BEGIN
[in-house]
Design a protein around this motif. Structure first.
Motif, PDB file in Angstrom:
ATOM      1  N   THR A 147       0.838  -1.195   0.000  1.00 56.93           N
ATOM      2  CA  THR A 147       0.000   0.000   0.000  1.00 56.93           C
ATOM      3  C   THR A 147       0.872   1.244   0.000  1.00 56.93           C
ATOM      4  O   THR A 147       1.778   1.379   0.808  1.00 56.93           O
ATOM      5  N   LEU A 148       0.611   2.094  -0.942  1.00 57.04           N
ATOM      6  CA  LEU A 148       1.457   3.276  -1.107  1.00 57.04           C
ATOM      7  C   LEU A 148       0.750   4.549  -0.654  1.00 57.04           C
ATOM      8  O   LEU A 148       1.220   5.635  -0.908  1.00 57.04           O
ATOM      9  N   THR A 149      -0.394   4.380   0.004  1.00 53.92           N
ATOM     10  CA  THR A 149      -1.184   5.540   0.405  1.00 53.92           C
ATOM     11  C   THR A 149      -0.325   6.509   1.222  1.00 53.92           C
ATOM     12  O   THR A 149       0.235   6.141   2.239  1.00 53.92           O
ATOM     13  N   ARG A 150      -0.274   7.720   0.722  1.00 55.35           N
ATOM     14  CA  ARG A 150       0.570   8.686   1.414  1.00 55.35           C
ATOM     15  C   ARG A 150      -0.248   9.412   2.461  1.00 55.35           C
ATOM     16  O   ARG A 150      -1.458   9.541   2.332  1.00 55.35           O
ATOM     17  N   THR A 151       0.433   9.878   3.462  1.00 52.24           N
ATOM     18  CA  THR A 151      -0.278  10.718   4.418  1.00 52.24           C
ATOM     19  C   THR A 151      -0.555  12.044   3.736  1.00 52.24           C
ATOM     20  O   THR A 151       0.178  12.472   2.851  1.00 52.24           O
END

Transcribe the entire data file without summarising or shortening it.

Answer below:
[in-house]
Design a protein around this motif. Structure first.
Motif, PDB file in Angstrom:
ATOM      1  N   THR A 147       0.838  -1.195   0.000  1.00 56.93           N
ATOM      2  CA  THR A 147       0.000   0.000   0.000  1.00 56.93           C
ATOM      3  C   THR A 147       0.872   1.244   0.000  1.00 56.93           C
ATOM      4  O   THR A 147       1.778   1.379   0.808  1.00 56.93           O
ATOM      5  N   LEU A 148       0.611   2.094  -0.942  1.00 57.04           N
ATOM      6  CA  LEU A 148       1.457   3.276  -1.107  1.00 57.04           C
ATOM      7  C   LEU A 148       0.750   4.549  -0.654  1.00 57.04           C
ATOM      8  O   LEU A 148       1.220   5.635  -0.908  1.00 57.04           O
ATOM      9  N   THR A 149      -0.394   4.380   0.004  1.00 53.92           N
ATOM     10  CA  THR A 149      -1.184   5.540   0.405  1.00 53.92           C
ATOM     11  C   THR A 149      -0.325   6.509   1.222  1.00 53.92           C
ATOM     12  O   THR A 149       0.235   6.141   2.239  1.00 53.92           O
ATOM     13  N   ARG A 150      -0.274   7.720   0.722  1.00 55.35           N
ATOM     14  CA  ARG A 150       0.570   8.686   1.414  1.00 55.35           C
ATOM     15  C   ARG A 150      -0.248   9.412   2.461  1.00 55.35           C
ATOM     16  O   ARG A 150      -1.458   9.541   2.332  1.00 55.35           O
ATOM     17  N   THR A 151       0.433   9.878   3.462  1.00 52.24           N
ATOM     18  CA  THR A 151      -0.278  10.718   4.418  1.00 52.24           C
ATOM     19  C   THR A 151      -0.555  12.044   3.736  1.00 52.24           C
ATOM     20  O   THR A 151       0.178  12.472   2.851  1.00 52.24           O